By - Keith Smith
A year ago, the Los Angeles Angels (or are they back to being the Anaheim Angels, or the Los Angeles Angels of Anaheim? I get confused) rocked the baseball world when they signed the most coveted free agent on the market in Albert Pujols.
Thursday, they did it again, when they landed this year's hottest commodity, Josh Hamilton.
|Photo by: Getty Images|
Who do these guys think they are, the Yankees?
In case you're scoring at home, that's well over $300 million the Angels have committed to two players in the last two years alone. I thought we were in a recession? I'm really glad that luxury tax is working to prevent teams from overspending, Major League Baseball.
The scary thing is, these two contracts may look like chicken feed when the time comes to renegotiate with this year's Rookie of the Year and MVP runner-up, Mike Trout. When that happens, these Angels will need divine intervention just to make payroll.
I don't know if the signing of Hamilton qualifies as a good investment or reckless spending. Owner Arte Moreno probably felt compelled in some way to keep up with the Joneses, or more specifically, the Dodgers, who signed Zack Greinke, along with many others free agents this offseason. But investing $125 million over five years for someone with Hamilton's checkered past of drug use and history of injuries is certainly questionable.
Even with Hamilton's former team, the Texas Rangers, assigning a personal guardian to watch over him, he still slipped up -- and that was in Arlington. Can you imagine what the lure of Hollywood could do to the him?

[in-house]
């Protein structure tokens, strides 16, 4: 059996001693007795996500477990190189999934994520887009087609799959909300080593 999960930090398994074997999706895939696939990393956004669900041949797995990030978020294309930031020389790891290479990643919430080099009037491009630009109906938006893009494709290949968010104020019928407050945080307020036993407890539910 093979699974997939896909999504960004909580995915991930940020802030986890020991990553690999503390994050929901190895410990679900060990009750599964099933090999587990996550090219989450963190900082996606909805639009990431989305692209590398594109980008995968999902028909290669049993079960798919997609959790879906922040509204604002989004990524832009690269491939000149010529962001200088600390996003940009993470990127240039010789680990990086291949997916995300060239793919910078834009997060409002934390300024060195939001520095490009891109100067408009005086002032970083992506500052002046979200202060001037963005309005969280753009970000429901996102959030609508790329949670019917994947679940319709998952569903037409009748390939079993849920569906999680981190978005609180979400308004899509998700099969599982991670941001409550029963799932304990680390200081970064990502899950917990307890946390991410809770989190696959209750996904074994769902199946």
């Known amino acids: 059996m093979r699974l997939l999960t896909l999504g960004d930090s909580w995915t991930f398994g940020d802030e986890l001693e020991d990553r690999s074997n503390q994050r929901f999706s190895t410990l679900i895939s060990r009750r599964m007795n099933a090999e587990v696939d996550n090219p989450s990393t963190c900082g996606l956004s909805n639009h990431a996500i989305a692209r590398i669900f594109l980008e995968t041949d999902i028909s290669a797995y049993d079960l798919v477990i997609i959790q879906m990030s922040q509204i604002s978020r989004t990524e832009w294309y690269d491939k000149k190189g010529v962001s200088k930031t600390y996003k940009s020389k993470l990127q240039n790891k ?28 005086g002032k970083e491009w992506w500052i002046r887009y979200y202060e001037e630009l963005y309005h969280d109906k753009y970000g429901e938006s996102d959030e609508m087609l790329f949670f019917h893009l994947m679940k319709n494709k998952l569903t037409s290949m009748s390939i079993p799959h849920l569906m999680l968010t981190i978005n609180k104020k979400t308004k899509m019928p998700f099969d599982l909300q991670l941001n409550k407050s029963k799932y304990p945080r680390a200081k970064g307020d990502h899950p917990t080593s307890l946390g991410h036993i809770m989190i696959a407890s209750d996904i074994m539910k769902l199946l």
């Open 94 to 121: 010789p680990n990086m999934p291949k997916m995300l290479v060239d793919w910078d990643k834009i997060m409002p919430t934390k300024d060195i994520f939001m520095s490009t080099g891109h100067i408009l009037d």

You also have to look at how Hamilton finished the season last year. Many fingers were pointed his way when the Rangers blew a 5-game divisional lead with just 9 games to play. Over the course of that final week, his hitting and fielding were flat out atrocious. He looked like he had either completely quit on the team, was exhausted and couldn't play at a high level, or maybe, as I feared while watching those games, his inner demons were back again.
So needless to say, this is a risky acquisition.
On the bright side, with guys like Pujols and Trout in the clubhouse, there won't be the pressure on Hamilton to carry as much of the offensive load as in previous years, and hopefully with some of that stress reduced, his vices will stay away.
Plus, when Hamilton is on, he might just be better than the other two superstars on the team. In his six years with the Rangers, he only managed 500 at-bats three times. But in those seasons, he never hit fewer than 30 homers or drove in less than 100 runs. He was both the American League regular season and ALCS MVP, won three Silver Slugger Awards, and a batting title to boot. So there is no denying the talent is there.
Now the only question is, can Hamilton survive the 'Bright Lights, Big City' lifestyle in Los Angeles?